FileStream fs2 = new FileStream ( “C:\\a.txt”, FileMode.Append, FileAccess.Read );
FileStream fs3 = new FileStream

Overloading is not limited to constructors. Any method can have overloads. The way to declare an overload is very simple. All of the overloads of a method have the same name but different parameters. Take a look at the following constructors within a `Car `class assuming it has a `Name `and `NumberOfDoors `property:

```public Car()
{
Name = “NoName”;
NumberOfDoors = 3;
}
public Car(string name, int numberOfDoors)
{
Name = name;
NumberOfDoors = numberOfDoors;
}
public Car(string name)
{
Name = name;
NumberOfDoors = 0;
}
public Car(int numberOfDoors)
{
Name = “”;
NumberOfDoors = numberOfDoors;
}```

When we want to instantiate an object of type `car`, according to our input one of the above constructors are called:

```class Program
{
static void Main(string[] args)
{
Car c1 = new Car ();
Car c2 = new Car ( 3 );
Car c3 = new Car ( “MyName” );
Car c4 = new Car ( “MyName”, 4 );

Console.WriteLine (c1.NumberOfDoors );
Console.WriteLine (c1.Name );

Console.WriteLine ( c2.NumberOfDoors );
Console.WriteLine ( c2.Name );

Console.WriteLine ( c3.NumberOfDoors );
Console.WriteLine ( c3.Name );

Console.WriteLine ( c4.NumberOfDoors );
Console.WriteLine ( c4.Name );

}
}```

As shown, the four constructors are different in just their type of parameters. Now, let’s see how overloading on methods other than constructors works. Suppose we have a `Math `class as follows:

```class Math
{
public int Add(int x, int y)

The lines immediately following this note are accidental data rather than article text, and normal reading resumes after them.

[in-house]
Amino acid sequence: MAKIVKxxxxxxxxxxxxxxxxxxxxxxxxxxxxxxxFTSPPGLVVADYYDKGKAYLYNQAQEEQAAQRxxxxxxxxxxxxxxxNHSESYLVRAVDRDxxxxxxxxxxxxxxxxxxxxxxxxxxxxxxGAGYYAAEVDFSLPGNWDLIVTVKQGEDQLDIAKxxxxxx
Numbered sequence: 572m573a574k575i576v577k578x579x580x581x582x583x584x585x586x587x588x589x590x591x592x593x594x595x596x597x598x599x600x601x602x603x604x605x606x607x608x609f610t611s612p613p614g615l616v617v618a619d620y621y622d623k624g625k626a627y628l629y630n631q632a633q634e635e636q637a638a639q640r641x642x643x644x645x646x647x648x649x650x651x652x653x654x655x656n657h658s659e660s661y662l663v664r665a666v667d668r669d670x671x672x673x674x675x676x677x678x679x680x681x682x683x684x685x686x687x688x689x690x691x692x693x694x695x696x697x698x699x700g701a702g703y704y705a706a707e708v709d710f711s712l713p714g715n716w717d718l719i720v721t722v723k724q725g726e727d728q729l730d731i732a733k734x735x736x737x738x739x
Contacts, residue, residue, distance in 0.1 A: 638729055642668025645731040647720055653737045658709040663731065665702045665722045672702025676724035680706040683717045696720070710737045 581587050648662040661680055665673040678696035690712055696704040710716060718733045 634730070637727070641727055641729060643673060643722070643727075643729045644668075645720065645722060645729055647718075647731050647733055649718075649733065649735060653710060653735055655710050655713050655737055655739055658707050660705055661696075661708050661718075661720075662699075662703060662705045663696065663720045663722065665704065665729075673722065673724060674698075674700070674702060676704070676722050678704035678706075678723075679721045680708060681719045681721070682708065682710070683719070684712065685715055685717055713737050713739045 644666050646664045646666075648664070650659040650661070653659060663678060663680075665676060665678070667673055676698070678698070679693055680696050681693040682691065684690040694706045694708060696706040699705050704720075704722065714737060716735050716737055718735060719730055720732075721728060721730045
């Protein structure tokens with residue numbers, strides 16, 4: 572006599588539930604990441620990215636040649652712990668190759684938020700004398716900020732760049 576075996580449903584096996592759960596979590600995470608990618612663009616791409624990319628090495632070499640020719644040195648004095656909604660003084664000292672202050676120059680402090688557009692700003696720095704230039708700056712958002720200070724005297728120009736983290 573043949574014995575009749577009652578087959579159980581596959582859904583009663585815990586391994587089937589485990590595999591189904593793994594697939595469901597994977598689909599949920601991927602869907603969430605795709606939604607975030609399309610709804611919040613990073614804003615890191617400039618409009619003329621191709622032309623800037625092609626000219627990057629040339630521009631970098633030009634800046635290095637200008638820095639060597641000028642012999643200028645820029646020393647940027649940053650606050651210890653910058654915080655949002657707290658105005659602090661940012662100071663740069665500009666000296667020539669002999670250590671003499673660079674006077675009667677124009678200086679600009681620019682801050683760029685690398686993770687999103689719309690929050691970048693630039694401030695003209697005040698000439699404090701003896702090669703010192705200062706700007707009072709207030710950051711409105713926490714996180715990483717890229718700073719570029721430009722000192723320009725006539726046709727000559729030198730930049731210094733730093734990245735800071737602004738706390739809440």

{
return x + y;
}
{
return x + 1;
}
public int Add(int x, int y, int z)
{
return x + y + z;
}
}```

We instantiate a class of type `Math `and call the four `Add `methods as follows:

```class Program
{
static void Main(string[] args)
{
Math m = new Math ();
int result = 0;
result = m.Add ( 2 );
Console.WriteLine (result );

result = m.Add ( 2, 3 );
Console.WriteLine (result );

result = m.Add ( 2, 4, 5 );
Console.WriteLine (result );

}
}```

That’s enough for now. We will look at other forms of polymorphism in the coming parts of this article. For now, let’s go to the next concept of this chapter: sealed classes.

What is a Sealed Class?

A sealed class is class that cannot be inherited. When you mark a class as sealed using the `sealed `keyword, any attempts by the other classes to derive from it will fail:

```public sealed class notDerivable
{
int f1;

public int F1
{
get { return f1; }
set { f1 = value; }
}

public int SomeMethod()
{
Console.WriteLine (“Some Method”);
}
}

public class FailingClass:notDerivable
{

}```